When it comes to naming a new Commissioner of Political Practices, the 2017 Legislative Session appears to be déjà vu all over again.
Years ago, the nominating and confirmation process for Montana’s top political cop used to be fairly straightforward. All the players understood that the nominee needed to be recognized by BOTH political parties as a person of solid character who would act in an unbiased manner. It just made sense. Elections, by their very nature, are highly controversial, so everyone must feel that they’re being treated as fairly as possible.
The system worked well for about 30 years. Then, in 2011, Governor Brian Schweitzer appointed a well-known and highly-partisan political operative. That person was never confirmed by the Montana Senate, and neither were the next two. The credibility of the agency suffered, and campaign practice complaints skyrocketed. In June, 2013, current Commissioner Jonathan Motl was appointed and then later confirmed to finish out the six-year term that began in January, 2011. Motl was also a highly controversial political operative, but was narrowly confirmed when a small group of liberal Republicans cast their votes with the Democrats. Motl, who has been highly controversial since Day One, was supposed to serve from June, 2013 until January of 2017. Democrats filed a lawsuit late last year to have his term extended from 2017 to 2019. The Montana Supreme Court rejected the request, but said that he could stay in office until a successor was named.
That brings us to the current situation that feels like déjà vu. Over the past decade, both Governor Schweitzer and Bullock have waited until the legislature leaves town to appoint the commissioner of their choice. Since the Senate is not in session, that person serves until the legislature reconvenes, and then the game starts all over again. Remember, of the past four commissioners, only one was actually confirmed.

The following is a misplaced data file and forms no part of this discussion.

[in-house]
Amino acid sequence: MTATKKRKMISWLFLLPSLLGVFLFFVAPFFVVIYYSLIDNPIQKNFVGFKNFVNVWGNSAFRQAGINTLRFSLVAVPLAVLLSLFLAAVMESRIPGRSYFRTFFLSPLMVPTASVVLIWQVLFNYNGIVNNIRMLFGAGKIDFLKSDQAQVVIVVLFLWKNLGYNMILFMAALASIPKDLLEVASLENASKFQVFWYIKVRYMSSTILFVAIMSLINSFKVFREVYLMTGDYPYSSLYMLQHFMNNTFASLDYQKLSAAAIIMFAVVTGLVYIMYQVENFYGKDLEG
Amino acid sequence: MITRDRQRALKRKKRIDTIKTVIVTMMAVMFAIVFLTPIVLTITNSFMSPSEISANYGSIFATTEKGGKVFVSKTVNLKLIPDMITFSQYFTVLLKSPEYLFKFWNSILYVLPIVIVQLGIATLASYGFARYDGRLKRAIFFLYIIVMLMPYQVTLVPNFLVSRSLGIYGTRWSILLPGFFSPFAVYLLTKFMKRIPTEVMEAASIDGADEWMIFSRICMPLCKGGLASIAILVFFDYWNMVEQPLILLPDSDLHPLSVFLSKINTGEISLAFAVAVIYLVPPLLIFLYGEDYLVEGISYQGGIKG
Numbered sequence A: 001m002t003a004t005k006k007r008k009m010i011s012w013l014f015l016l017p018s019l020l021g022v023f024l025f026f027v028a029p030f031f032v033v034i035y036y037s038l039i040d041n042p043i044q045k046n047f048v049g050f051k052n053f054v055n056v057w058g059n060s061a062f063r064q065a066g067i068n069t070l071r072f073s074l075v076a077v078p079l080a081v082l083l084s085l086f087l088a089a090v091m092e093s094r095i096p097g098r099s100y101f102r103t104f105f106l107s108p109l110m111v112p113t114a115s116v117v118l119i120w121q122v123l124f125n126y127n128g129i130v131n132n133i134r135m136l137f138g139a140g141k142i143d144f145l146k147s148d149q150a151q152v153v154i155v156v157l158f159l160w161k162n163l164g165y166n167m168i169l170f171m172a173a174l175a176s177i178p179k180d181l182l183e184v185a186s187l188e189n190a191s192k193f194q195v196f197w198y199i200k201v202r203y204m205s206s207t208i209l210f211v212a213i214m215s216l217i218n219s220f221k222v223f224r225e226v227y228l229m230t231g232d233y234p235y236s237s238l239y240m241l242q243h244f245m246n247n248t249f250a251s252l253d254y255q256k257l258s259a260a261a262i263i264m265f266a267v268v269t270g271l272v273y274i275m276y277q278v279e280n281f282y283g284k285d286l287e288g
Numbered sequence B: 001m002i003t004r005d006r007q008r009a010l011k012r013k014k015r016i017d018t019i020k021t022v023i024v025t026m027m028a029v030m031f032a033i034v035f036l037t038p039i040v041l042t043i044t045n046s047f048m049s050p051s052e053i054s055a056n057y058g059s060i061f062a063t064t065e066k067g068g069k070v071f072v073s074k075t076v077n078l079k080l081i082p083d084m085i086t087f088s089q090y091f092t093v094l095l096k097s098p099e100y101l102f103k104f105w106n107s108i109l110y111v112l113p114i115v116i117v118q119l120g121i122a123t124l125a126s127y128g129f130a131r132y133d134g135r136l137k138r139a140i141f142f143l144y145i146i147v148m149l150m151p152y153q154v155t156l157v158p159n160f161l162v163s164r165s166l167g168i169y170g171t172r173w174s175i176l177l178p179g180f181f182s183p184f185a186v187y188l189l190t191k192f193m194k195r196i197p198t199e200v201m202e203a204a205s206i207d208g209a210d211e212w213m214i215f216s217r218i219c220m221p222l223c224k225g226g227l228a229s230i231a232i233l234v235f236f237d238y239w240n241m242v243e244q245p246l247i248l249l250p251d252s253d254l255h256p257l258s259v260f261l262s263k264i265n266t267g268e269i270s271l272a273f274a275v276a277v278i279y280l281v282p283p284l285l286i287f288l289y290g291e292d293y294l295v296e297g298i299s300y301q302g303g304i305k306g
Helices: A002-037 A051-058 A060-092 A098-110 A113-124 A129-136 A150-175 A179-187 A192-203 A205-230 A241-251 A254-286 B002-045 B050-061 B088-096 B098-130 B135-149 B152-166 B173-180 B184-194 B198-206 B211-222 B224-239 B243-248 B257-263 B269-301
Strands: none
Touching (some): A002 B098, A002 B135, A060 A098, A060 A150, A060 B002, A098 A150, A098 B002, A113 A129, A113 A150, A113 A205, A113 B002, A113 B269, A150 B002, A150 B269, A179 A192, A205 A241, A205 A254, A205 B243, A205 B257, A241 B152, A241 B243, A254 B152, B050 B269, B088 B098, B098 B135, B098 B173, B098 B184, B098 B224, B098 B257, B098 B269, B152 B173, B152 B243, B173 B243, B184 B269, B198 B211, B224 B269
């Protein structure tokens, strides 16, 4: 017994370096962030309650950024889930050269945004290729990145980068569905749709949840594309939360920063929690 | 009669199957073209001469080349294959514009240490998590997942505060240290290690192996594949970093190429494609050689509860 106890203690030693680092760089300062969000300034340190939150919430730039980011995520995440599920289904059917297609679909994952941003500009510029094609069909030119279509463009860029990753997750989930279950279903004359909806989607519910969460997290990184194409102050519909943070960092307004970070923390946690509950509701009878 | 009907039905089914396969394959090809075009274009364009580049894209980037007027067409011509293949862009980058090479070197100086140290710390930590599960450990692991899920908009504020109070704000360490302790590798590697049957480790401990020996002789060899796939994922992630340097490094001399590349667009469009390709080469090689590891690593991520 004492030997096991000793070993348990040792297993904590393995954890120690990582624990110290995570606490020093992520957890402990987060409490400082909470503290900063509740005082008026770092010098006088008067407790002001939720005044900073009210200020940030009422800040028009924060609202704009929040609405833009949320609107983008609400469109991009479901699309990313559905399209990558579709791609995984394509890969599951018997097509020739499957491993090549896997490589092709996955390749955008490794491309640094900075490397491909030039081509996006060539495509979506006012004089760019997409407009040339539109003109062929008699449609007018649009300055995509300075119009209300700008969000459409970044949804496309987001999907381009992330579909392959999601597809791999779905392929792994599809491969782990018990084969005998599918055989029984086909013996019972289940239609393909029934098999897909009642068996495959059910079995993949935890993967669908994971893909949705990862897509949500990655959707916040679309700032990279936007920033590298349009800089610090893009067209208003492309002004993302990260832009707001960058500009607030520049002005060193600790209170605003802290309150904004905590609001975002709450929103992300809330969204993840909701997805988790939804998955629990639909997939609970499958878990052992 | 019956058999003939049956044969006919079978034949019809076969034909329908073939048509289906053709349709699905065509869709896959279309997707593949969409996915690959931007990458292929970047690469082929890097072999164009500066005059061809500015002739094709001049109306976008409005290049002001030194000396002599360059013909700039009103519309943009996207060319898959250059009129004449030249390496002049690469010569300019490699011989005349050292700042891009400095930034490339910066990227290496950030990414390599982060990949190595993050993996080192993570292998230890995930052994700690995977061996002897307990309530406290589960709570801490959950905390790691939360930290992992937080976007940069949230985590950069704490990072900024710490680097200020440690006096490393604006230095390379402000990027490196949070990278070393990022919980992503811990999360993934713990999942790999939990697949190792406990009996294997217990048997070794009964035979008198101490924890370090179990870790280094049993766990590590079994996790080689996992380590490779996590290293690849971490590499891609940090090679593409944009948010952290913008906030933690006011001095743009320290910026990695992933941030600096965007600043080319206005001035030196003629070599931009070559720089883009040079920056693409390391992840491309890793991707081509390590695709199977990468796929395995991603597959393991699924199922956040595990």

This session, after weeks of political wrangling, Republicans and Democrats finally settled on two potential nominees that are acceptable to both parties. So what’s the holdup? Both names were submitted to the governor some time ago, and now the legislature stands on the cusp of adjournment, possibly by the end of this week. The legislature is on Easter break until tomorrow afternoon, so if they did receive a nominee by Tuesday, and if they did adjourn by Saturday, that would give them four days to hold hearings and debate the nominee on the floor. Not impossible, but why the drama? Why must this office remain so highly politicized? Why can’t we go back to pre-2011 when the process ran more smoothly? If a nominee is not confirmed by the time the session ends, Jonathan Motl will remain in office past his term and we’ll be back to having an extremely controversial, and at that point, unconfirmed, Commissioner of Political Practices.
Governor Bullock says he’s still considering both candidates, but in our opinion, he’s had more than enough time. Both candidates are extremely well-qualified; both candidates are acceptable to both political parties; the legislature is set to adjourn; and if they leave town without a confirmation, than Jonathan Motl remains in office. It’s time to stop treating this office like a political football; the people deserve better, and the office needs its credibility restored.